Today, I contemplate my future. Maybe you are contemplating yours…
Many of us take a break from our regular work or career for a myriad of reasons. Maybe before further studies, you have taken a “gap year“. Perhaps a young mother returning to work after maternity leave. Perhaps an older parent returning to work after spending time at home as the primary carer for young children. Maybe you’ve taken a sabbatical – some extended leave – from your regular employment and are now returning to a new environment or even considering a career change. Or as is the case with so many now, thanks to the COVID-19 pandemic, perhaps as restrictions ease, you are looking for a new job – any job!
I find myself fitting into a few categories. I am an older parent returning to work as my young children are now well ensconced in school life. In fact, I am older than many parents of children in primary (or elementary) school, so I am also in the group who may have taken extended leave from their usual career. And thanks to COVID-19 and it’s effect on the world economy, I am now searching for employment (and an income) that will fit into my current lifestyle, requiring flexibility and restricted hours.
I am discovering a whole new world of jobseeking sites. I am so pleased to see agencies actively marketing job opportunities for people returning to work and looking for a balance with business and personal life.
One of a number of options – working from home – allows the flexibility to look after family, and in the current world situation, the ability to continue working without as much interruption as for those in a more face-to-face and physical industry. A great thing – not only for our own financial well-being, but for our economy.
If you find yourself in a similar situation, then I will be happy to update you from time to time over a “morning coffee musing”, if you like, on the resources and opportunities that I find.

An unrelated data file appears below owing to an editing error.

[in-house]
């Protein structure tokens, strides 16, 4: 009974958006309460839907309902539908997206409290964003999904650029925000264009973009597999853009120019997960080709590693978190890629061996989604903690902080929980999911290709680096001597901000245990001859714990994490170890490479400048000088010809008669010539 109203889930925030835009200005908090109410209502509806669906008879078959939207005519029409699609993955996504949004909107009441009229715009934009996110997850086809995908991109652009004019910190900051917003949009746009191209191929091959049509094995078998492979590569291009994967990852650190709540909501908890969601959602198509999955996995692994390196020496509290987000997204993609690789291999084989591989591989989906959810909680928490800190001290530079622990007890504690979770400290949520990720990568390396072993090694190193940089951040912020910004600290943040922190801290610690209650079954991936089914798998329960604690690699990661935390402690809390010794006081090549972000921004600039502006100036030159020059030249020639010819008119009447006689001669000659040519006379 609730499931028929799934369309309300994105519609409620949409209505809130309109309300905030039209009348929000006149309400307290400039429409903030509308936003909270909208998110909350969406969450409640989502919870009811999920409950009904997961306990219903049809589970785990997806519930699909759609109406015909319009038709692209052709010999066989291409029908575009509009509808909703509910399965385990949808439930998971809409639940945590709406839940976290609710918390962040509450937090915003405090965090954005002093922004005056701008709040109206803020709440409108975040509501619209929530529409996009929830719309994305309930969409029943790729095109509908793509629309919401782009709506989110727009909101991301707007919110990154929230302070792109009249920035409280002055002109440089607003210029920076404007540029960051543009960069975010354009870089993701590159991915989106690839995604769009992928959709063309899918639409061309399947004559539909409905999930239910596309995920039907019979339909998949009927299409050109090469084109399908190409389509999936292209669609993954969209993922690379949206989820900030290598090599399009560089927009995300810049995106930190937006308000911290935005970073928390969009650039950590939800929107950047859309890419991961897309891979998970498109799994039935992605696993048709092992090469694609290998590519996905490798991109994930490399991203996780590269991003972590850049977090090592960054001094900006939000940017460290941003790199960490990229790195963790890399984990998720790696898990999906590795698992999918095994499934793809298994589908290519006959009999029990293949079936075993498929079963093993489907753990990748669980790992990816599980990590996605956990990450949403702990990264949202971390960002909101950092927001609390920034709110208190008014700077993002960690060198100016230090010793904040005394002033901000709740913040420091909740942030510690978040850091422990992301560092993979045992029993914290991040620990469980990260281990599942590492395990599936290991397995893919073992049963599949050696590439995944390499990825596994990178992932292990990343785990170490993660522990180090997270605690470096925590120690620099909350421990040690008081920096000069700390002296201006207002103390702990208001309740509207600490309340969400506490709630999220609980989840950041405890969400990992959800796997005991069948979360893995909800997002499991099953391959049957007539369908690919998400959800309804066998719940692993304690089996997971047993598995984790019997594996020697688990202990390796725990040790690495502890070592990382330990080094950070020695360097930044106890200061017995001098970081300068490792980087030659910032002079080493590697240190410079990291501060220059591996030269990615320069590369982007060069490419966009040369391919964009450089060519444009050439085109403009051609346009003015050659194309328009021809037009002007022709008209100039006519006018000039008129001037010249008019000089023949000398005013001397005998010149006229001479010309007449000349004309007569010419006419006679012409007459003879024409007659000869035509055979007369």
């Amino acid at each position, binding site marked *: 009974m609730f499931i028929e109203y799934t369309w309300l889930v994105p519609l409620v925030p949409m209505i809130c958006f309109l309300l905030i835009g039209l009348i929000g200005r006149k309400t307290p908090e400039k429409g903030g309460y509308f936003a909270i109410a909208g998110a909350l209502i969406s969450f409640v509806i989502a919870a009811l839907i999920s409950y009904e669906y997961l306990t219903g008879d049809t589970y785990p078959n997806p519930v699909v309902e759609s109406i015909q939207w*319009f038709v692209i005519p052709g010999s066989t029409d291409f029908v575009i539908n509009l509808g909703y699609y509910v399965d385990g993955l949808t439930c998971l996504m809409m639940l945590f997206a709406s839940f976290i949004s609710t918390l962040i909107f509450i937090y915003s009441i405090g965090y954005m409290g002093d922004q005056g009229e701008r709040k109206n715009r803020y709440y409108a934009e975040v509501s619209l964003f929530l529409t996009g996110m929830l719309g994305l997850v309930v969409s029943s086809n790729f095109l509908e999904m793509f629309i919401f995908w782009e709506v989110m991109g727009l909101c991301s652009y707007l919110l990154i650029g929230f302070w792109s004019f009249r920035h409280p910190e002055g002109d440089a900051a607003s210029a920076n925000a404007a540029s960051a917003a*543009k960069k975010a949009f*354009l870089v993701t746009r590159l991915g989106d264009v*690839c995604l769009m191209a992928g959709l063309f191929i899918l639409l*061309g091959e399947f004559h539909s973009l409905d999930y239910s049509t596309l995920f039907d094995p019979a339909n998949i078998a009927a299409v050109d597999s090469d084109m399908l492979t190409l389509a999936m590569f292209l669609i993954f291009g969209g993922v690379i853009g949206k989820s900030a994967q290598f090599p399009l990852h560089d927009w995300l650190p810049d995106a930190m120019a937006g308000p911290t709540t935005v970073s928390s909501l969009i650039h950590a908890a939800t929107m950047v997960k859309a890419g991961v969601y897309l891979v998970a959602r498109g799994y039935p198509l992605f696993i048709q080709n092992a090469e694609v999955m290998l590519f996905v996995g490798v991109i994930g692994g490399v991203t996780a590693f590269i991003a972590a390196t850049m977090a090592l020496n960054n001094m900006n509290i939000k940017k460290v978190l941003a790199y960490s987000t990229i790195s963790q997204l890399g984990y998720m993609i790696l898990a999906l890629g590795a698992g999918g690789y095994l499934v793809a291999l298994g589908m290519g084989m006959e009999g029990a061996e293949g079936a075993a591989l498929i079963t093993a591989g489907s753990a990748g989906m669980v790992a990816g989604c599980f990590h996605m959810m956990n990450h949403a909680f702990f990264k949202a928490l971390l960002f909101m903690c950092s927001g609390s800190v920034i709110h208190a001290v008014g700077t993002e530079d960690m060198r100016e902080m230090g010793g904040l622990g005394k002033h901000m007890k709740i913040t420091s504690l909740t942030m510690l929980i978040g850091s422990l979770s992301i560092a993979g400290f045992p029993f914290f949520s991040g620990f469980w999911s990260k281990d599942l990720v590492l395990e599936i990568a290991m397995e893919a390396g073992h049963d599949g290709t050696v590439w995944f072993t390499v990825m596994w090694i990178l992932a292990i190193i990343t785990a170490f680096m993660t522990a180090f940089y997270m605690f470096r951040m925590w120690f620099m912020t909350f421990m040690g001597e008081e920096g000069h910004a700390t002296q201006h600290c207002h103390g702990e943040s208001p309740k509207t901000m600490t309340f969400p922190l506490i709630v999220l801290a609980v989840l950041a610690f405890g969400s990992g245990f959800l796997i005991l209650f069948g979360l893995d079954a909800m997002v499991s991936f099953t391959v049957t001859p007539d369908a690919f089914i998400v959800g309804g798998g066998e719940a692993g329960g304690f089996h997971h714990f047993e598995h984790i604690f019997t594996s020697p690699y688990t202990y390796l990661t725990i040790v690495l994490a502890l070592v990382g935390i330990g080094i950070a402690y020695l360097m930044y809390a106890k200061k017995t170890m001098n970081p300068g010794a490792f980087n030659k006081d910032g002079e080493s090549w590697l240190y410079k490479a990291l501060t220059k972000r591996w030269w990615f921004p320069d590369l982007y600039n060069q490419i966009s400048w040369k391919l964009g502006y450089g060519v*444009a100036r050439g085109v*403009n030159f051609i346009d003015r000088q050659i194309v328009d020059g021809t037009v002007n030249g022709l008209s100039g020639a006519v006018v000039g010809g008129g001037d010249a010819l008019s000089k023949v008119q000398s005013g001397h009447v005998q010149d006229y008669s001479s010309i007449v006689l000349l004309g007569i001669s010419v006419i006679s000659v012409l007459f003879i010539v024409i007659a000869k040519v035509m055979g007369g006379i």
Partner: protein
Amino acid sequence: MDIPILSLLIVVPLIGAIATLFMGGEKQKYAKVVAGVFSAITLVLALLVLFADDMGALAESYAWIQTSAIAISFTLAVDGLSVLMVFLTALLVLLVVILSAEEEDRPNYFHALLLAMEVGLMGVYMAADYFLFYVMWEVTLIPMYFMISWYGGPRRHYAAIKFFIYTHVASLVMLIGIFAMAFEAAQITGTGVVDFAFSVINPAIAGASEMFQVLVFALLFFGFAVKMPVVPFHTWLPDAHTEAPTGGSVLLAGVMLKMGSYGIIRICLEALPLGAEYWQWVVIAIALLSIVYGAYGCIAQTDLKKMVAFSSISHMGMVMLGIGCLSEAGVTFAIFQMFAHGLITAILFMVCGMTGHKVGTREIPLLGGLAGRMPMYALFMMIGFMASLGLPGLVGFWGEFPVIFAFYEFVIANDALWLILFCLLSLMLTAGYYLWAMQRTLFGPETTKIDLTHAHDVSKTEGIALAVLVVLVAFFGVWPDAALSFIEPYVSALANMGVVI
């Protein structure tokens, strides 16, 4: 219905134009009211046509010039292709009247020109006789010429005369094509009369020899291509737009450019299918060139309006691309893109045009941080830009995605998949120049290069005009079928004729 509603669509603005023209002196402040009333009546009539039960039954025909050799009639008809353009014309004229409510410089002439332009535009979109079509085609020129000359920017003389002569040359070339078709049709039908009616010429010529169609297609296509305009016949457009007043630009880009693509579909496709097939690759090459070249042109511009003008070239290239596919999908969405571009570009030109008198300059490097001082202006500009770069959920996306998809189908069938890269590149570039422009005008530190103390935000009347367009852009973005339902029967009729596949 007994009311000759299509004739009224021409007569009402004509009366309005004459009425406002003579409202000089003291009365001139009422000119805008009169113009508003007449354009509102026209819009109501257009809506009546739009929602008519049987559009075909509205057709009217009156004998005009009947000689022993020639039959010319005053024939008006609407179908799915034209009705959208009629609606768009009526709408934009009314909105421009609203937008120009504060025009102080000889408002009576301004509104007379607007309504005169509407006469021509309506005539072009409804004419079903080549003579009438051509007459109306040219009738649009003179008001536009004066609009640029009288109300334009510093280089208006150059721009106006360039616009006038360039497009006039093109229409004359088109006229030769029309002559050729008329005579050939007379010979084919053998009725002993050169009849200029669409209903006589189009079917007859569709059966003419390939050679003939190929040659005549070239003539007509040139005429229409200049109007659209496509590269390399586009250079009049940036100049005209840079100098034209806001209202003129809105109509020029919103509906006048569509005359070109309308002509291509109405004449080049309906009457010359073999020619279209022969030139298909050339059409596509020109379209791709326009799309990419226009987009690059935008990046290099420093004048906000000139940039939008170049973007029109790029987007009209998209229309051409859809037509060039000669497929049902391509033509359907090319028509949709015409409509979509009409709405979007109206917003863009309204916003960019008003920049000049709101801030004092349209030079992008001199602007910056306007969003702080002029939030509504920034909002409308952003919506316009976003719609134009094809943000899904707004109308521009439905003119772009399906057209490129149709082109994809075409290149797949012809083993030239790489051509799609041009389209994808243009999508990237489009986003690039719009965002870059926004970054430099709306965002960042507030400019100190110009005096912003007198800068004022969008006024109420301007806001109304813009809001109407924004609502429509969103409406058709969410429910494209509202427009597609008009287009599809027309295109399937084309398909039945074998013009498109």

It’s funny, as I chatted with a friend this morning, we talked about “social distancing” and its effects on COVID-19, ourselves, our families and friends, our colleagues and the general population.
We are really being asked to physically distance, because there are many other ways we express ourselves socially these days. Social contact is not limited to physical situations. Social (and related) media play a huge part – especially for younger people – in the way we interact. Yet, as the human species, physical social interaction is so important to who we are and our mental well-being.
We are rediscovering the importance and strength of family and social groups. Physical restrictions brought upon us by the pandemic have made us acutely aware of the value of those family members and friends we can no longer hug or comfort. Those who live alone have become truly isolated from our basic human need for physical contact.
Thankfully, we are now able to socialise on a “virtual“ level. These unprecedented times have encouraged individual families – whose members through busy lives – had become almost strangers at times, to reconnect. Facebook groups and the like have helped bring us together in ways that were never before possible. I am able to share everyday news with my whole family at one time… Not quite, but almost like being around the table together.
I know that we will have to learn to live with COVID-19 and all the lifestyle complications and restrictions that come with it. I am thankful for today’s technology – that it allows us to connect socially and visually with those we care about – but I so very much look forward to the day when we can again embrace those people with our arms as well.
We all know – or most of us know – that black lives matter… The fact is, ALL lives matter.
There is so much going on in the world at the moment to contend with… Not only the COVID-19 pandemic, but now the ugliness of racism. With the very public and tragic death of George Floyd in the United States has come a tidalwave of raw emotion and outrage.
The emotion and outrage is most definitely justified, but I don’t think it justifies turning that outrage into physical acts of rage. Attacks on others who happen to be innocent members of the various ethnic groups that have exhibited this racism does nothing but turn the victims into perpetrators.
We cannot change history. We can, and do, certainly regret events within all our histories, but we cannot change what is. What we can do is learn from those events and show our regret by changing how we behave into the future. Instead of allowing these past injustices to fuel the fire and pave the way to future regrets, let us lament these terrible acts, and allow the existing icons and statues to be reminders of not the worst of our history, but of how far we have come since those times.